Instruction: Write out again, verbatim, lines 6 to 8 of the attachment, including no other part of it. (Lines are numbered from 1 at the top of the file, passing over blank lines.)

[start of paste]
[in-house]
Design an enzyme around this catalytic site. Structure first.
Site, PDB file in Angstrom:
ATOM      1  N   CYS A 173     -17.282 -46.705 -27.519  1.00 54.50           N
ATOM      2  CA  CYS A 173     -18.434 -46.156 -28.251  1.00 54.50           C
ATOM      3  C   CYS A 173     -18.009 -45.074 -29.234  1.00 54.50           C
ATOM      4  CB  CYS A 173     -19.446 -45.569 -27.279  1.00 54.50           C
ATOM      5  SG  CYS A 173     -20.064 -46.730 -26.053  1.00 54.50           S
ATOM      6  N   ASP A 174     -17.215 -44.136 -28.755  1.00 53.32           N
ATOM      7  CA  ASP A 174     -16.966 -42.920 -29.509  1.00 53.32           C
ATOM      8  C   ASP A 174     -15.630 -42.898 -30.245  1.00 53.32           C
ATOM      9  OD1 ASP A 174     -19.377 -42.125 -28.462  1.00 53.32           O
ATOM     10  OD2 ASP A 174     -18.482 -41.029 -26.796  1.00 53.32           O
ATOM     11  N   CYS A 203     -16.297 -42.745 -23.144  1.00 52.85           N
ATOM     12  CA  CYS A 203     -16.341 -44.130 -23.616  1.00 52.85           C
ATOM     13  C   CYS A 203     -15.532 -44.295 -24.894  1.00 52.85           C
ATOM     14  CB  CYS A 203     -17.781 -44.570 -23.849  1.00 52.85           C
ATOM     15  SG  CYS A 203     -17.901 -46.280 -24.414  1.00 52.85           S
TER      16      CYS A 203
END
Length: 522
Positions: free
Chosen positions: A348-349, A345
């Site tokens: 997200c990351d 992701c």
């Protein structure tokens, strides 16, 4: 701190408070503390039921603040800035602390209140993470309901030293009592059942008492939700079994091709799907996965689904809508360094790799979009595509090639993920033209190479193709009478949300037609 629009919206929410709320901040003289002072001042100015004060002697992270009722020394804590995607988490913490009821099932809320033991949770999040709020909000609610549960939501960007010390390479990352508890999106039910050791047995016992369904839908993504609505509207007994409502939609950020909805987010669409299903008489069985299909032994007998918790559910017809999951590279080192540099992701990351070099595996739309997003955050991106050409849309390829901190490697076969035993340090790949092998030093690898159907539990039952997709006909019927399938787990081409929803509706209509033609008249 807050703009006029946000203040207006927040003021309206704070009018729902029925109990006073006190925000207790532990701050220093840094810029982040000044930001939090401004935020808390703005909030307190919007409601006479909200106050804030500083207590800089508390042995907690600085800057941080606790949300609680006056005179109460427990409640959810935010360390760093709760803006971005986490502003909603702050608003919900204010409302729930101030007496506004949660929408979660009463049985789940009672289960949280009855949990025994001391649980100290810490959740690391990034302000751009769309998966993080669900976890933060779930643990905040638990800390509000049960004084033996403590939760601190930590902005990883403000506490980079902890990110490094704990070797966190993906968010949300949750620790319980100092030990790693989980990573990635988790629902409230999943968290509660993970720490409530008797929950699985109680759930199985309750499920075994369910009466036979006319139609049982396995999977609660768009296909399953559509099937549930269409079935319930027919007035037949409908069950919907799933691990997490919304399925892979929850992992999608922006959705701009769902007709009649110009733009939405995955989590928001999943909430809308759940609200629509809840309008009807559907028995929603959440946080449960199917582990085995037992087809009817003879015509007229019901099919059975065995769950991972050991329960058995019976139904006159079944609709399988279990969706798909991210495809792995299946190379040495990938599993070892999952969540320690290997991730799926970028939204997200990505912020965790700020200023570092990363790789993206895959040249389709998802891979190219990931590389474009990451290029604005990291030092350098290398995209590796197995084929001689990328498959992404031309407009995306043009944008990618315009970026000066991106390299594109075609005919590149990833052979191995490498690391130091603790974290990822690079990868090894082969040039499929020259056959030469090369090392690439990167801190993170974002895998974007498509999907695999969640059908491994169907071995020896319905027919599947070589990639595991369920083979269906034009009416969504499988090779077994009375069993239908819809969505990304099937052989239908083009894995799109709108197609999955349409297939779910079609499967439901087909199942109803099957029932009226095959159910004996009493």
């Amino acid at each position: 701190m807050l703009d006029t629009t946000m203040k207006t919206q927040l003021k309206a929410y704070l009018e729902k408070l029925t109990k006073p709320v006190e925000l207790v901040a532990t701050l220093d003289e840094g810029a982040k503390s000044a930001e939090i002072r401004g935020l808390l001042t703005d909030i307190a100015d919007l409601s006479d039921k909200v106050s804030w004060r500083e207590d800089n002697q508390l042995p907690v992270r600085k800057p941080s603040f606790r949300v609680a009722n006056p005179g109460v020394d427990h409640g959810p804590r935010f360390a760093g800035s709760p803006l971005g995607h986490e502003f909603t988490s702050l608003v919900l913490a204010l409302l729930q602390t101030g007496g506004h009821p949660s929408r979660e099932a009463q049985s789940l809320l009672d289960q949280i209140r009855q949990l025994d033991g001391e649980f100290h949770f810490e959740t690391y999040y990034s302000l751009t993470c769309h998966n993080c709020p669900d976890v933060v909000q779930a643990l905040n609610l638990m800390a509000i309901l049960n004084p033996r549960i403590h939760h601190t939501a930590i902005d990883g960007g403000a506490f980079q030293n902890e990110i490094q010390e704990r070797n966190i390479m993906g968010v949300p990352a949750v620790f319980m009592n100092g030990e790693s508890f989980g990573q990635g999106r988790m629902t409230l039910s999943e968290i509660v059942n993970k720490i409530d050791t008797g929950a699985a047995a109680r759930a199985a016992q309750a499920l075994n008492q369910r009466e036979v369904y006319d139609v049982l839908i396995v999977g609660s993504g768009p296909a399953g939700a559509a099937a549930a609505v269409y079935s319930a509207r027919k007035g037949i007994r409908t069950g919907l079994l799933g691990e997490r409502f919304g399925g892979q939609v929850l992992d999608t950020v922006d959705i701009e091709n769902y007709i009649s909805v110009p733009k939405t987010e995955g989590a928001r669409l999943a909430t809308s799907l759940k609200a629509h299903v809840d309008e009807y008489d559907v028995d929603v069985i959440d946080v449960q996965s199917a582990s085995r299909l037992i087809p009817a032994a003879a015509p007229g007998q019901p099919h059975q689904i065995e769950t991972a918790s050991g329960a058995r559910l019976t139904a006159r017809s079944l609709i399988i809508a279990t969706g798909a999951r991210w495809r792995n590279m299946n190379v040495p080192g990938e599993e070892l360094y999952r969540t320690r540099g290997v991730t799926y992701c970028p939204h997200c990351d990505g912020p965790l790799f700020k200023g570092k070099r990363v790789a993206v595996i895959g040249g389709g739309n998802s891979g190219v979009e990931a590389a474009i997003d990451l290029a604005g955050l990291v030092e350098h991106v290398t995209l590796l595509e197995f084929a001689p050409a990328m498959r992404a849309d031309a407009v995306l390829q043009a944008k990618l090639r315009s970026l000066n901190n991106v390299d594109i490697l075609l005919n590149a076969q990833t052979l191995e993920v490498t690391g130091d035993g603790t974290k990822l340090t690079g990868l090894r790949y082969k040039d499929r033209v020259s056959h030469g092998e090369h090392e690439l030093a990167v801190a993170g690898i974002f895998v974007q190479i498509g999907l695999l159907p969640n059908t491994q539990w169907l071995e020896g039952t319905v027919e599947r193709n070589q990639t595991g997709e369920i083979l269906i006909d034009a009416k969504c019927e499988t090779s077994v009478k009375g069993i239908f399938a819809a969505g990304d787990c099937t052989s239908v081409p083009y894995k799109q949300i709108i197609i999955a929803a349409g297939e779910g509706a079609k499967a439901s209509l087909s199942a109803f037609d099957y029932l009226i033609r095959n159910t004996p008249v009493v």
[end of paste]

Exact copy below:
ATOM      3  C   CYS A 173     -18.009 -45.074 -29.234  1.00 54.50           C
ATOM      4  CB  CYS A 173     -19.446 -45.569 -27.279  1.00 54.50           C
ATOM      5  SG  CYS A 173     -20.064 -46.730 -26.053  1.00 54.50           S